Flying with Ashes Internationally

If you are flying somewhere outside of the United States, it’s important that you check with the country-specific rules and regulations of your destination. Each country has their own rules related to transporting ashes and it’s highly recommended to do your research and have the necessary documentation available before your flight. To find out if there’s any country-specific rules at your destination, it’s recommended to contact your embassy or consulate in the destination country to learn about any rules there and if any additional documentation will be required. At minimum, most countries will require a Certificate of Death and Cremation Certificate to bring ashes in.

Additional Questions Related to Flying with Ashes?

If, after doing your research, you still have questions about flying with your loved one’s ashes, a great person to ask is your funeral director. Funeral directors work with families every day and you’re probably not the first one to ask them questions about flying with ashes. Your funeral director can also be helpful to let you know about TSA compliant urns that they have available.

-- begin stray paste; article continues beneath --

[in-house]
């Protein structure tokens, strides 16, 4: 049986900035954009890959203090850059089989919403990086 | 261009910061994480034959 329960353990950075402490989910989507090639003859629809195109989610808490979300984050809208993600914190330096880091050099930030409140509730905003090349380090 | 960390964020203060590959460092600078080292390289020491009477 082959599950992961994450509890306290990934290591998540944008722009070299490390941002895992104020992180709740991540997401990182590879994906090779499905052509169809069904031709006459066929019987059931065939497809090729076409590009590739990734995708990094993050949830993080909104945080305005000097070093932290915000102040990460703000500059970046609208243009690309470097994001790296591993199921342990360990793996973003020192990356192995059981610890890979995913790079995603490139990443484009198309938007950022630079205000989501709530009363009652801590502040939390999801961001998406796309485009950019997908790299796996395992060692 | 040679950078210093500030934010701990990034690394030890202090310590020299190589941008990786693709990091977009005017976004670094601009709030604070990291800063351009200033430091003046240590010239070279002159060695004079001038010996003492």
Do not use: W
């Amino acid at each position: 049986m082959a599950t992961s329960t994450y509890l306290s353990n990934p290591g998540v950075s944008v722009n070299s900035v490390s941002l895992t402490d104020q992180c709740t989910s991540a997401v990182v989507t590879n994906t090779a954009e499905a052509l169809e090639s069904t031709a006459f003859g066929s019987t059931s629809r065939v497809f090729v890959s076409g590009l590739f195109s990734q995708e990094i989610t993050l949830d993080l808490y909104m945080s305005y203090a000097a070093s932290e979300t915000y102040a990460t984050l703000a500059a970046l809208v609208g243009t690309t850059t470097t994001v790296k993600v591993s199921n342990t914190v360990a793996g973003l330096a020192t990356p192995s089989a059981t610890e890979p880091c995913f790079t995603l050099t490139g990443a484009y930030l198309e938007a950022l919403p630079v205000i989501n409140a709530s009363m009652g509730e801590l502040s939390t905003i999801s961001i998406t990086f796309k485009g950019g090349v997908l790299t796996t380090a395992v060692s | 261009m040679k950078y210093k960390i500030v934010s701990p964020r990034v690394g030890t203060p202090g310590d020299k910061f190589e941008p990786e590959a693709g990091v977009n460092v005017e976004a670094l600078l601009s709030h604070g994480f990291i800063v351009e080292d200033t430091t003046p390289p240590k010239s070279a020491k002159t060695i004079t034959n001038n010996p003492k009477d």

Driving with Ashes

If you plan on driving your loved one’s ashes within the U.S., there should be no issues (even if you’re driving to a different state). Be sure that the urn holding your loved one’s ashes is secure and put in a place where it won’t tip over.

If you plan on driving the ashes to Canada, Mexico, or another country, it is recommended to first check with the destination country about any documentation or requirements that need to be met prior to your trip.

Mailing Ashes

After a loved one passes, some families will need to mail some or all of the ashes. There are a lot of different reasons why people mail ashes, and below are a few examples:

  • The person who passed was traveling at the time of death and their ashes are being returned to family
  • The family decides to divide up the ashes so siblings, relatives, or friends can have their own personal memorial of the person who passed nearby where they live
  • The family decides to include some or all of the cremated ashes in a special memorial, such as jewelry or glass piece, and the producer of this piece needs to receive the ashes
  • The ashes are going to be scattered or buried at different locations.

The only shipping service in the U.S. permitted to mail ashes is the United States Postal Service (USPS). Other shipping services, such as UPS and FedEx, are not permitted and cannot accept the shipment once they receive knowledge of the contents.